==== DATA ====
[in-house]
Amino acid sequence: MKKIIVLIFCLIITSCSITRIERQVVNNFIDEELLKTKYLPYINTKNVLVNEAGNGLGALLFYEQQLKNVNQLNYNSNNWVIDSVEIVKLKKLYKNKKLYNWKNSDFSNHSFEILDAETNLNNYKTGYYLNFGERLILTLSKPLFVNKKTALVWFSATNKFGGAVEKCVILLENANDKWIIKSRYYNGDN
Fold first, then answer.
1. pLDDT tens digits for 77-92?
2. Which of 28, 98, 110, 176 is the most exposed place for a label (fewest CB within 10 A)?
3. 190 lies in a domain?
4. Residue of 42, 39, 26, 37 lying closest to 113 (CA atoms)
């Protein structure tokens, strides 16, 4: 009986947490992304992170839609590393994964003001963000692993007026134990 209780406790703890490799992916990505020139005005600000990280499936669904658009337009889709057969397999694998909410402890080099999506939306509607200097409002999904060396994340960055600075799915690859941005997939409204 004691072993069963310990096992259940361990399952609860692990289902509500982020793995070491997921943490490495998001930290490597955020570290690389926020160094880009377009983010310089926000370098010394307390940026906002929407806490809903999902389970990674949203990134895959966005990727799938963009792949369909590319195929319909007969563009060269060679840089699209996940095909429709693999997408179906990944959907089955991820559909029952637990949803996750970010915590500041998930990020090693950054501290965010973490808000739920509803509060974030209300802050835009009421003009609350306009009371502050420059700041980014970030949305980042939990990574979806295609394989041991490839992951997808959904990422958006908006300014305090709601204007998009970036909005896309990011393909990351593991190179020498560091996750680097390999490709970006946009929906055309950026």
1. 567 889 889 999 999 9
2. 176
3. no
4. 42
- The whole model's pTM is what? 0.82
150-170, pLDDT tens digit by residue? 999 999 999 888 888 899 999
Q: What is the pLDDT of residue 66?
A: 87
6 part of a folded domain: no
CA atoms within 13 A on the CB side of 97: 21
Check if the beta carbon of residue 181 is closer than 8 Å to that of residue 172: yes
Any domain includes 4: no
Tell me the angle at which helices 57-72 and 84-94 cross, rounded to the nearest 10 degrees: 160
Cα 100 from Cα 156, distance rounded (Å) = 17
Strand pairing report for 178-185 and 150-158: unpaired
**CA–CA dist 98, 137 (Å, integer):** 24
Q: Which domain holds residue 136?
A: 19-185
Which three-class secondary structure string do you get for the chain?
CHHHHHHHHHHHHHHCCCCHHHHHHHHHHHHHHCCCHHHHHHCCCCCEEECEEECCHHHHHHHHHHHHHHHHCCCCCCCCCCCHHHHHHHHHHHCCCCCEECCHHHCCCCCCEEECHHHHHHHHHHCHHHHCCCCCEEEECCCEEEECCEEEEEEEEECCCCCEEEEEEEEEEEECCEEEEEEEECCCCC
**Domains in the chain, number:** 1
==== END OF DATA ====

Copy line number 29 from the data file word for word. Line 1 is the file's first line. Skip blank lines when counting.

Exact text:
**Domains in the chain, number:** 1